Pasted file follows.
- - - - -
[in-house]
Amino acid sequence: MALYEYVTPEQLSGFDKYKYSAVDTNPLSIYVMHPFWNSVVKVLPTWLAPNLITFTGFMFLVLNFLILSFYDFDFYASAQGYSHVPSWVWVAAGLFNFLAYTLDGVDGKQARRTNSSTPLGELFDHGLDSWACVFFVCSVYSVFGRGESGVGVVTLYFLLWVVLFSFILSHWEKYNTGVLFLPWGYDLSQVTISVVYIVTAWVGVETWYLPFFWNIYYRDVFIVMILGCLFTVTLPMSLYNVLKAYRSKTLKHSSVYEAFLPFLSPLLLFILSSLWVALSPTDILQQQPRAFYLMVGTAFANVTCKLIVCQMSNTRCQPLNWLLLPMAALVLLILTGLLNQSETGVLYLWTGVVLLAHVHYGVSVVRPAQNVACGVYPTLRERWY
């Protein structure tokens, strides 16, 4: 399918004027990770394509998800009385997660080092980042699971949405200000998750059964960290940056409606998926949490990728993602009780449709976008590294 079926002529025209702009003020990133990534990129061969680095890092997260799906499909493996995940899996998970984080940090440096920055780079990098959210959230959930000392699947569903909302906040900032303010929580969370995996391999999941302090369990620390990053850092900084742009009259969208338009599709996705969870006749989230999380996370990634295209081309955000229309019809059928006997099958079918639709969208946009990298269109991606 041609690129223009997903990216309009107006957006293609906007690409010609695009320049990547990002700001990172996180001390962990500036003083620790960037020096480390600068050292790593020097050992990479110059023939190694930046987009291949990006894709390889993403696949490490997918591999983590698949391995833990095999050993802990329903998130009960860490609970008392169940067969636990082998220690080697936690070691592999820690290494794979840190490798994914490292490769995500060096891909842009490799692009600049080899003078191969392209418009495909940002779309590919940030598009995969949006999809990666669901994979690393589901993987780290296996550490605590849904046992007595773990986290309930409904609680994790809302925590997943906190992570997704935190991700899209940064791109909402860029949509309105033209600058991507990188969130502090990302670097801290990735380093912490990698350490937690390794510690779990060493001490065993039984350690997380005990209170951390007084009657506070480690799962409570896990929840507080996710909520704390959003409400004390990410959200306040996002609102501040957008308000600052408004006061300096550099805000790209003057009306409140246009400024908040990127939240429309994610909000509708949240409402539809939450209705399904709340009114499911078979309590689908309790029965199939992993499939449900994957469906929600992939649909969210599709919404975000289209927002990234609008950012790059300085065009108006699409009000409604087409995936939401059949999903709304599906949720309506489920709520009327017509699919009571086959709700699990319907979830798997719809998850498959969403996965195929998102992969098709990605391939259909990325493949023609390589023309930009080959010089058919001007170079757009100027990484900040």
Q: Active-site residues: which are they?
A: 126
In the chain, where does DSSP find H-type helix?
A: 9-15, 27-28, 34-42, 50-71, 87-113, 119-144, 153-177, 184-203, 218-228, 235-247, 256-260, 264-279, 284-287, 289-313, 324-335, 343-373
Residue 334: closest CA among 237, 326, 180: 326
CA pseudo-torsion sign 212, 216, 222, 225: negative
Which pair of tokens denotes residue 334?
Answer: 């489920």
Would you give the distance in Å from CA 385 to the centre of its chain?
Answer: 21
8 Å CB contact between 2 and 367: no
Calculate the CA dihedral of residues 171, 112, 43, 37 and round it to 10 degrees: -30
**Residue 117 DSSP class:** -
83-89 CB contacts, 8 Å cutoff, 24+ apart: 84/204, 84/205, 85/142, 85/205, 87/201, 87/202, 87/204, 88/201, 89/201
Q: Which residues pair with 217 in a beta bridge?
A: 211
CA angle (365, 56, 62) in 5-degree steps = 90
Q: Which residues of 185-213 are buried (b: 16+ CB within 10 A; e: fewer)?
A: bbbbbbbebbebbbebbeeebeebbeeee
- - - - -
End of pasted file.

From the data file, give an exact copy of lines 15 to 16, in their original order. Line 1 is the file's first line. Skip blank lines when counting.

Calculate the CA dihedral of residues 171, 112, 43, 37 and round it to 10 degrees: -30
**Residue 117 DSSP class:** -